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afterward America appears appointed arrived assembly authority Belknap Bermudas Biog Boston built called Cape captain carried Chalmers chap Charles charter church coast colony Columbus command Connecticut council court death died discovered discovery Dutch early England English entire fifty five formed forty four France French gave given governor granted Hakluyt Hazard Coll Herrera Hist Hubbard hundred Hutchinson Ibid Indians inhabitants island James John king land laws lord March Massachusetts Mather miles minister natives obtained officers passed patent persons plantation planted Plymouth Port possession present Prince province provisions Purchas received returned river Robertson sailed says sent settled settlement ships Smith soon South Spain Spaniards Spanish taken thousand tion took town trade Trumbull twenty Univ vessels Virginia voyage West whole Winthrop York
Page 204 - Name of the Council Established at Plymouth in the County of Devon, for the Planting, Ruling, Ordering and Governing of New England in America...
Page 410 - I thank God, there are no free schools nor printing, and I hope we shall not have these hundred years. For learning has brought disobedience and heresy, and sects into the world, and printing has divulged them, and libels against the best government. God keep us from both"!
Page 116 - A patent was granted him by her majesty, in 1584, for himself^ his heirs and assigns, to discover " such remote heathen and barbarous lands, not actually possessed by any Christian prince, nor inhabited by Christian people...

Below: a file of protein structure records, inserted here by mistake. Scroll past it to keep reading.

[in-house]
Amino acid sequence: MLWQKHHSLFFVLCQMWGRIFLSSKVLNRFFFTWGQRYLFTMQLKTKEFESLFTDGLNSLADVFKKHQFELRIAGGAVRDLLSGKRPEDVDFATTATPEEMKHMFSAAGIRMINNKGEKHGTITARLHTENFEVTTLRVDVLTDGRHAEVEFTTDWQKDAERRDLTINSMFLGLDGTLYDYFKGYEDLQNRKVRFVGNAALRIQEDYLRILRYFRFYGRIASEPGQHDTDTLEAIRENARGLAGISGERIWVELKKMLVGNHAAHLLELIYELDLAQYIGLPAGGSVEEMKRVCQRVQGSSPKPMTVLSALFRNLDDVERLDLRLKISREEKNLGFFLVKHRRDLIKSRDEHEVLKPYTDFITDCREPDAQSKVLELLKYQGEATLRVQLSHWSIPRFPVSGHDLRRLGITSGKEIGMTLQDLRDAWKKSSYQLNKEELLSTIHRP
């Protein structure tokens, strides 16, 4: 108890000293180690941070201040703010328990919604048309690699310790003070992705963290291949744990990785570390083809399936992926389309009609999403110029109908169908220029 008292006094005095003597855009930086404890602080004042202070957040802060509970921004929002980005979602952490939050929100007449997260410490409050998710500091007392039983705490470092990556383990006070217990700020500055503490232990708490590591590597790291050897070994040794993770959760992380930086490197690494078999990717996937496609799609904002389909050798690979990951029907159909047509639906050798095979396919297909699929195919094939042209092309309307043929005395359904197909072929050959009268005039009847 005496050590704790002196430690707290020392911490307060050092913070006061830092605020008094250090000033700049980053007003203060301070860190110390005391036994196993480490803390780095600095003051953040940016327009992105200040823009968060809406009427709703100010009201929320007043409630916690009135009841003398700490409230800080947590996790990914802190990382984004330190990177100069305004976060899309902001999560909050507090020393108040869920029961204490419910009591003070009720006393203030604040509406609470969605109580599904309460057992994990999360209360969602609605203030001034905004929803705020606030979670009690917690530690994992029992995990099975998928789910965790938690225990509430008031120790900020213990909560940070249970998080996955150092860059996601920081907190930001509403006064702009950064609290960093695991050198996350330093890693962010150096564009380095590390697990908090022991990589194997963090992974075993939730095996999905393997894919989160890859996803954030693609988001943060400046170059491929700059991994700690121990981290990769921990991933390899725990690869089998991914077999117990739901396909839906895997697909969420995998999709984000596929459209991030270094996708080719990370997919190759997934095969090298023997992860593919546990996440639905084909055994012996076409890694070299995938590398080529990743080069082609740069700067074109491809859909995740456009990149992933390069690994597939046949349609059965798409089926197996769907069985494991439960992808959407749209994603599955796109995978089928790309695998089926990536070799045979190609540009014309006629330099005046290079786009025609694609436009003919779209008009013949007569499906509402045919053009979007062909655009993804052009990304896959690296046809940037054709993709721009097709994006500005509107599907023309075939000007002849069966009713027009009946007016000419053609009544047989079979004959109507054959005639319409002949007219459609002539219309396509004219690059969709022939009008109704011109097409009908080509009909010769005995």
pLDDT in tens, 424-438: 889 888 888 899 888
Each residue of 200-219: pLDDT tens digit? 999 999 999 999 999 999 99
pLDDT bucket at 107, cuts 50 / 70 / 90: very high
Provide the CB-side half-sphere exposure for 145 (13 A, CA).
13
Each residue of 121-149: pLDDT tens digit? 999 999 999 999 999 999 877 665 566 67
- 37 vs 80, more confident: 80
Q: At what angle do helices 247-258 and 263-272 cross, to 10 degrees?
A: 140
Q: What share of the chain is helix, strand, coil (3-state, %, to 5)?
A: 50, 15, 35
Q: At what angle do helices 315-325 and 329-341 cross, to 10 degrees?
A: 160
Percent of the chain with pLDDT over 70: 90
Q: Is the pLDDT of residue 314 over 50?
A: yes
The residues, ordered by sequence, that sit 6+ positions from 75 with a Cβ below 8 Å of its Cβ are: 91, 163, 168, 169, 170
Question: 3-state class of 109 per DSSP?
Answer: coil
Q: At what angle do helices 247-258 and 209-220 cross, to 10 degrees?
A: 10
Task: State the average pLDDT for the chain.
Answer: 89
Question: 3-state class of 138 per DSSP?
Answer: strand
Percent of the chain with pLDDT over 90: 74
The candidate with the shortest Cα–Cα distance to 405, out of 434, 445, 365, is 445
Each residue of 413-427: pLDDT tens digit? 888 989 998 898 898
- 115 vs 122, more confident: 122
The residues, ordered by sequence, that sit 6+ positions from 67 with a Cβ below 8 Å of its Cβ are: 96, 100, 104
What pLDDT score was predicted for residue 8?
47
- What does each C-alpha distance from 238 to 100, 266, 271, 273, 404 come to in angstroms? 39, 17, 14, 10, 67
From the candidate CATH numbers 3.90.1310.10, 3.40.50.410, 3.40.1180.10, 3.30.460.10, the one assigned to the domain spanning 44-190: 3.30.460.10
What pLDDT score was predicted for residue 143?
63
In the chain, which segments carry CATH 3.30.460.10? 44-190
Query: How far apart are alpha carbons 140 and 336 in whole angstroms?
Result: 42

Page 217 - ... a custom loathsome to the eye, hateful to the nose, harmful to the brain, dangerous to the lungs, and in the black stinking fume thereof, nearest resembling the horrible Stygian smoke of the pit that is bottomless.
Page 455 - LAWS of this government, to the great end of all government, viz: to support power in reverence with the people, and to secure the people from the abuse of power; that they may be free by their just obedience, and the magistrates honourable for their just administration: for liberty without obedience is confusion, and obedience without liberty is slavery.
Page 111 - Majesty's name, the day and year of our arrival there, with the free giving up of the province and people into her Majesty's hands, together with her Highness...
Page 80 - Valverde, reaching out to him his breviary. The inca opened it eagerly, and turning over the leaves, lifted it to his ear : ' This,' says he, ' is silent ; it tells me nothing ;' and threw it with disdain to the ground. The enraged monk, running towards his countrymen, cried out, ' To arms, Christians, to arms ; the word of God is insulted ; avenge this profanation on those impious dogs.
Page 198 - Majesty's mind, that he would connive at them, and not molest them (provided they carried themselves peaceably). But to allow, or tolerate them by his public authority, under his seal, they found it would not be.
Page 113 - Besides, for solace of our people, and allurement of the savages, we were provided of music in good variety ; not omitting the least toys, as morris-dancers, hobby-horse, and May-like conceits to delight the savage people, whom we intended to win by all fair means possible.